Line Inspection: Taking A Closer Look At Memorable Individual Lines From Music’s Greatest Songs
The Song: “Brilliant Disguise” by Bruce Springsteen
The Lines: “God have mercy on the man/Who doubts what he’s sure of”
When Bruce Springsteen released “Brilliant Disguise” as the lead single from his 1987 album Tunnel Of Love, he was still riding the incredible string of momentum left over from Born In The U.S.A., with its slew of Top 10 singles. “Brilliant Disguise” would also hit the Top 10, but it was a completely different animal. It was stark, intimate and unsettling, as Springsteen dug deep into romantic uncertainty.
The lines above are the final words of the song. Their placement is interesting because they seem to be part of a fourth verse, but it isn’t followed up by another refrain. Springsteen just leaves us there, in the cold bedroom, darkness enveloping literally and figuratively, with that somewhat oxymoronic statement.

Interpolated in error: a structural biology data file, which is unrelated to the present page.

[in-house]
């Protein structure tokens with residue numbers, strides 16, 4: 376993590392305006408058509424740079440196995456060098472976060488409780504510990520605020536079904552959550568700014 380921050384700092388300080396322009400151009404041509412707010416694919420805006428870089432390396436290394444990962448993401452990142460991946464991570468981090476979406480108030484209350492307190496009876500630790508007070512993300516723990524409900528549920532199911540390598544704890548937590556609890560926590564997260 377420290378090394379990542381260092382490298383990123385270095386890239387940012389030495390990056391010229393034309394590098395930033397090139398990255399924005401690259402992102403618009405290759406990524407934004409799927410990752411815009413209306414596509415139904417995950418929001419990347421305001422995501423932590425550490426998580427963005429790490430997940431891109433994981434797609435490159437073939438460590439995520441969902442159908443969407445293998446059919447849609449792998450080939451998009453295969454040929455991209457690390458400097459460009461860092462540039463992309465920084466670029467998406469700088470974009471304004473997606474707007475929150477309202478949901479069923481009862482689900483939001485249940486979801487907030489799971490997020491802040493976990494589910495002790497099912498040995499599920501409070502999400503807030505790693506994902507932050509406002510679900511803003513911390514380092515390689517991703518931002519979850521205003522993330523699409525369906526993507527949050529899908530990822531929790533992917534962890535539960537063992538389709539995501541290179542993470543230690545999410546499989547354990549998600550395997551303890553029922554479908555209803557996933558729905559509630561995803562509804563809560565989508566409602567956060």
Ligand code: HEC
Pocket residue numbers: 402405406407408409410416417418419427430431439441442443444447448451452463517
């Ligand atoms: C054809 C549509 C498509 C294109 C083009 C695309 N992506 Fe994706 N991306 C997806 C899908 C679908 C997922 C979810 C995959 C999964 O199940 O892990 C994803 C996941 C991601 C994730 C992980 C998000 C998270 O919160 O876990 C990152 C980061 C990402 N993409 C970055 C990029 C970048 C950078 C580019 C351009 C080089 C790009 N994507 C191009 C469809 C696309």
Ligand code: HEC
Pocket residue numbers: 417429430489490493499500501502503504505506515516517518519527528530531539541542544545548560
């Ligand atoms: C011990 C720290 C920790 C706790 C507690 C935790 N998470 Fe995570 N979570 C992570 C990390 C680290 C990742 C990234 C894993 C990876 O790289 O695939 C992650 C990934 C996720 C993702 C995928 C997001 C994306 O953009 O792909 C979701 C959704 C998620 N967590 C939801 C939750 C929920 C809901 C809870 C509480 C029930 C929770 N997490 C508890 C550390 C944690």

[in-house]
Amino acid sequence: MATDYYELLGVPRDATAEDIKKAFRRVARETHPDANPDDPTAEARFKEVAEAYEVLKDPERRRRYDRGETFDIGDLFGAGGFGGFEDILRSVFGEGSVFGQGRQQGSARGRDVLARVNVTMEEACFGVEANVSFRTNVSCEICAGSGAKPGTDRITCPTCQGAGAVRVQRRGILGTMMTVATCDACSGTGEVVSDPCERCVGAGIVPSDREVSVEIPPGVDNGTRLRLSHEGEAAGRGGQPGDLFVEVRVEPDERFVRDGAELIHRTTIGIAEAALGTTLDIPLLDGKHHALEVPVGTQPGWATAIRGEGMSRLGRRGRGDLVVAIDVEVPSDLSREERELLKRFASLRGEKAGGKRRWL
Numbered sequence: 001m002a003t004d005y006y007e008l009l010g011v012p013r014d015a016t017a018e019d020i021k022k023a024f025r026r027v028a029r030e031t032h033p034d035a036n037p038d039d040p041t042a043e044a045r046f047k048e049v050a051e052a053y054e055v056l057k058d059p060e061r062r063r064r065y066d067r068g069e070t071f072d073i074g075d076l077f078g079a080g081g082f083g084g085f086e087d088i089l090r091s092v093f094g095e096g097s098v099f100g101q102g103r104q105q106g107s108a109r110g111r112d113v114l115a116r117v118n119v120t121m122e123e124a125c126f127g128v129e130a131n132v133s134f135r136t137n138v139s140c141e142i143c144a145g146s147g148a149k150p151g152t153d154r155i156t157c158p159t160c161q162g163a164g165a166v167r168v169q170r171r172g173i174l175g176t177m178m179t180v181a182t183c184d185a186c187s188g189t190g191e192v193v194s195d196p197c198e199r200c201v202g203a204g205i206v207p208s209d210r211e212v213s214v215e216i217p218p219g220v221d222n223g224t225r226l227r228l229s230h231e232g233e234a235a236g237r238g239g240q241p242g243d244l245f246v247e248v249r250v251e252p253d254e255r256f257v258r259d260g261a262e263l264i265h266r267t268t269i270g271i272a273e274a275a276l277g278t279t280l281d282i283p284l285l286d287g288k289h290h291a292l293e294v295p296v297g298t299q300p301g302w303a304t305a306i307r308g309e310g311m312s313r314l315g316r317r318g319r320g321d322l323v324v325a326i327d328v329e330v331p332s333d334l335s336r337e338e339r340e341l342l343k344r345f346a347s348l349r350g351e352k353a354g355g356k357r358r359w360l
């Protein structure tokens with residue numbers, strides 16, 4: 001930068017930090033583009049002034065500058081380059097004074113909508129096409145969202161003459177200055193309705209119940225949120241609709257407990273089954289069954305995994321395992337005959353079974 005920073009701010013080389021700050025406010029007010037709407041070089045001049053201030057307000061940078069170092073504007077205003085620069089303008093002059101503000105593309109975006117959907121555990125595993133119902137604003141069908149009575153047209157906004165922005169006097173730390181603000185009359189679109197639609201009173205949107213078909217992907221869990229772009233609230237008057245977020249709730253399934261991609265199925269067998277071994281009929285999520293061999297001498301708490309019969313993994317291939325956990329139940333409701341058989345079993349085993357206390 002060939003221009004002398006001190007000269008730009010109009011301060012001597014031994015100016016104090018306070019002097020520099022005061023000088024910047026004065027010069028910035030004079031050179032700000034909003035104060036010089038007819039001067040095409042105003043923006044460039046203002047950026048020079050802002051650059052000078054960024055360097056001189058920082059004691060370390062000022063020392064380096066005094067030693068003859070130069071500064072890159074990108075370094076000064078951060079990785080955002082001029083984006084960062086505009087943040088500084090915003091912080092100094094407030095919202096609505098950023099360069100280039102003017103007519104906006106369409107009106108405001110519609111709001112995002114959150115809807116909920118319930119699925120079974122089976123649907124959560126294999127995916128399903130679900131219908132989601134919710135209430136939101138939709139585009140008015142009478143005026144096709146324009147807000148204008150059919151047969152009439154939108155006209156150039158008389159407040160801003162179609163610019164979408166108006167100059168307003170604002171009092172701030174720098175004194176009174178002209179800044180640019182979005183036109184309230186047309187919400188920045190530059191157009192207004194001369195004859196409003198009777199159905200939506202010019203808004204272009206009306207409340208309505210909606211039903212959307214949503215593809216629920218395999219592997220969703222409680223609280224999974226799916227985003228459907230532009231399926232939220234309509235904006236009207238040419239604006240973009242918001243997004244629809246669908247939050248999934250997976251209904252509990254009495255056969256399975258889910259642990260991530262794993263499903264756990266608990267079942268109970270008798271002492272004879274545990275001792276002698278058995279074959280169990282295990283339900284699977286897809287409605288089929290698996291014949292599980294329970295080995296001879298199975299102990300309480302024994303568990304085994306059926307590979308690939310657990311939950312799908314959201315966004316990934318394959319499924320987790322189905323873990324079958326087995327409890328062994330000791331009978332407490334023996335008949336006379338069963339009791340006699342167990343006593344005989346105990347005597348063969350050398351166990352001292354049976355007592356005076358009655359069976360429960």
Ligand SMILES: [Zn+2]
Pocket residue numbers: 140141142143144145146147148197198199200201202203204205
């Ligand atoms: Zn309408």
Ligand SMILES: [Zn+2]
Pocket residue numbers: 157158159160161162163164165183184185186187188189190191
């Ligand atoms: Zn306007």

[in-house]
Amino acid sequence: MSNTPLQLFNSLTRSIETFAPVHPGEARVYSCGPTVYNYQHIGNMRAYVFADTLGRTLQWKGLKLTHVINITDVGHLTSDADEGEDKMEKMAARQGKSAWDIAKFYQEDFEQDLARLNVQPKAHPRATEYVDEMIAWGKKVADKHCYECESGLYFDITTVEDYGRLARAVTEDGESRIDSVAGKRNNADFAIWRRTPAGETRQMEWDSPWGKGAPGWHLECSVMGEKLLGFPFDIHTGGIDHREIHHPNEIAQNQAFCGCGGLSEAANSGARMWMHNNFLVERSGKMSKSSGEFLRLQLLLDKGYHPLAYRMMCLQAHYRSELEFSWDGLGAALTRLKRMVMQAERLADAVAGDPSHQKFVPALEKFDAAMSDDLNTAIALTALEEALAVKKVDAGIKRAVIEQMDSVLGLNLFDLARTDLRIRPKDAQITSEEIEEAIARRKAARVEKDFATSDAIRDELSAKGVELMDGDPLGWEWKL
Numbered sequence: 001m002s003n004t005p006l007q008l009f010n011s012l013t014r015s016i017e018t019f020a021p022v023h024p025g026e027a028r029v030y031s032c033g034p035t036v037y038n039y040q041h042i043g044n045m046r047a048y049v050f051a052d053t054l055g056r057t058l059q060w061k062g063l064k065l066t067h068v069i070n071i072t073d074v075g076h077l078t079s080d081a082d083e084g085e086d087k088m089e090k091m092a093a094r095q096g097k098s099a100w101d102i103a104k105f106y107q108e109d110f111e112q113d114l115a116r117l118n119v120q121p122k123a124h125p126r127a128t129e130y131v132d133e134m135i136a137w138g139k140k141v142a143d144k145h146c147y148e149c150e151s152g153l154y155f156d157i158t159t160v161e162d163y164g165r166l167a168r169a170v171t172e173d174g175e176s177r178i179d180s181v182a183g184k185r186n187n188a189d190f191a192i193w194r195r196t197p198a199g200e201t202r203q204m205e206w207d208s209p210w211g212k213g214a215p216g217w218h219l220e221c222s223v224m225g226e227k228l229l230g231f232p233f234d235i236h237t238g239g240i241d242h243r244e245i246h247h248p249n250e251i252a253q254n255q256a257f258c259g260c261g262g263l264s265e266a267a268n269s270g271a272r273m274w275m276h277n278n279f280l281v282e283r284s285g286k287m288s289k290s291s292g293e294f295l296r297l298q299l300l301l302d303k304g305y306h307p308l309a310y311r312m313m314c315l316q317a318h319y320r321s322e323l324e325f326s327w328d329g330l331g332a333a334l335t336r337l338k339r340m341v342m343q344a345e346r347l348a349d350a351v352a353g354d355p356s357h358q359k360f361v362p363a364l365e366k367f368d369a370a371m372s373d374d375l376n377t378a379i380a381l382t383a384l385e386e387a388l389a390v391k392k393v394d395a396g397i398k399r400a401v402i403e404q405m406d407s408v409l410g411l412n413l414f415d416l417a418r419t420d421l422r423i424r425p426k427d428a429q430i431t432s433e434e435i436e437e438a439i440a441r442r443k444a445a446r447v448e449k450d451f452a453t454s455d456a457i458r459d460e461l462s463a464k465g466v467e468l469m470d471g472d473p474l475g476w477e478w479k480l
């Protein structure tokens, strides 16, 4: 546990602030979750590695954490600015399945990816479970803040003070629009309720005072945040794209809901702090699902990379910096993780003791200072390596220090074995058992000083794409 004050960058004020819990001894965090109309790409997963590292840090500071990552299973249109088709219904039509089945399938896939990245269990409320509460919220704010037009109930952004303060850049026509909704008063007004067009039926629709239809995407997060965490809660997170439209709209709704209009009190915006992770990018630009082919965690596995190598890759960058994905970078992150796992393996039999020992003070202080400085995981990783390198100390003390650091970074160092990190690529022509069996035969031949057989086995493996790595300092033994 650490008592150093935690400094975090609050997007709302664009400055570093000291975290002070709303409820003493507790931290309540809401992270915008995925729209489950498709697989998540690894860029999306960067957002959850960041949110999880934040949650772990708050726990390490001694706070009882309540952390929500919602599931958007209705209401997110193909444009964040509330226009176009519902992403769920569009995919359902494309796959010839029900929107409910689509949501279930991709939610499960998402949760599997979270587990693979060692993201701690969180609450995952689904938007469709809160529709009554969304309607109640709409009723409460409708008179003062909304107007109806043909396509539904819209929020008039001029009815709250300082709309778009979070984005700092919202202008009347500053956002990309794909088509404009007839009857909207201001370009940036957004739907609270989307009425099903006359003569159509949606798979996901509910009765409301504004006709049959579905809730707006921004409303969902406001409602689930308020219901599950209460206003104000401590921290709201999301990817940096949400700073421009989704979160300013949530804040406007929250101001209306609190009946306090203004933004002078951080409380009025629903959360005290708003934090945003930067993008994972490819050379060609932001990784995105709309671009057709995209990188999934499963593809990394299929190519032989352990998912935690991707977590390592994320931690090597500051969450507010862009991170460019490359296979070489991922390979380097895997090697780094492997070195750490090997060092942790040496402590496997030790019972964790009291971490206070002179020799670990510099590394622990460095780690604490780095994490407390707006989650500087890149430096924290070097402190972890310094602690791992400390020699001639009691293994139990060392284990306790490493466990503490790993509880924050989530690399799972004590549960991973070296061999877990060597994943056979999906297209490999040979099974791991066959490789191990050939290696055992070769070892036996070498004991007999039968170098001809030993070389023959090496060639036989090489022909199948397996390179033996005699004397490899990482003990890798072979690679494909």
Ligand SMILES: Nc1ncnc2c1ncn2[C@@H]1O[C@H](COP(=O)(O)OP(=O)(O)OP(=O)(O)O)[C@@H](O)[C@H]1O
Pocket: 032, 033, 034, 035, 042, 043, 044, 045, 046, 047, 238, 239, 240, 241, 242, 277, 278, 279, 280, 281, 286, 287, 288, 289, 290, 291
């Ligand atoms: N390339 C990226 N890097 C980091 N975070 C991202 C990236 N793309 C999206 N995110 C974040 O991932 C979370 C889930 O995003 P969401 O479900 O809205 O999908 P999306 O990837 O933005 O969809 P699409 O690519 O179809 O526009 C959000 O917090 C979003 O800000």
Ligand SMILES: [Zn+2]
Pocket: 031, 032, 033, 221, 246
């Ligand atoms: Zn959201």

After all, if you’re sure of something, how can you doubt it? But the incongruity of the phrase actually emphasizes just how at sea a person can feel when trust has departed a relationship. “Brilliant Disguise” depicts two people hiding from each other in plain sight.
It’s such a great line, that we can forgive Bruce for his ending the statement with a preposition. After all, “God have mercy on the man who doubts that of which he’s sure” just doesn’t have the same ring to it, right? In any case, it might be the most profoundly disquieting line to ever close out a Top 10 smash.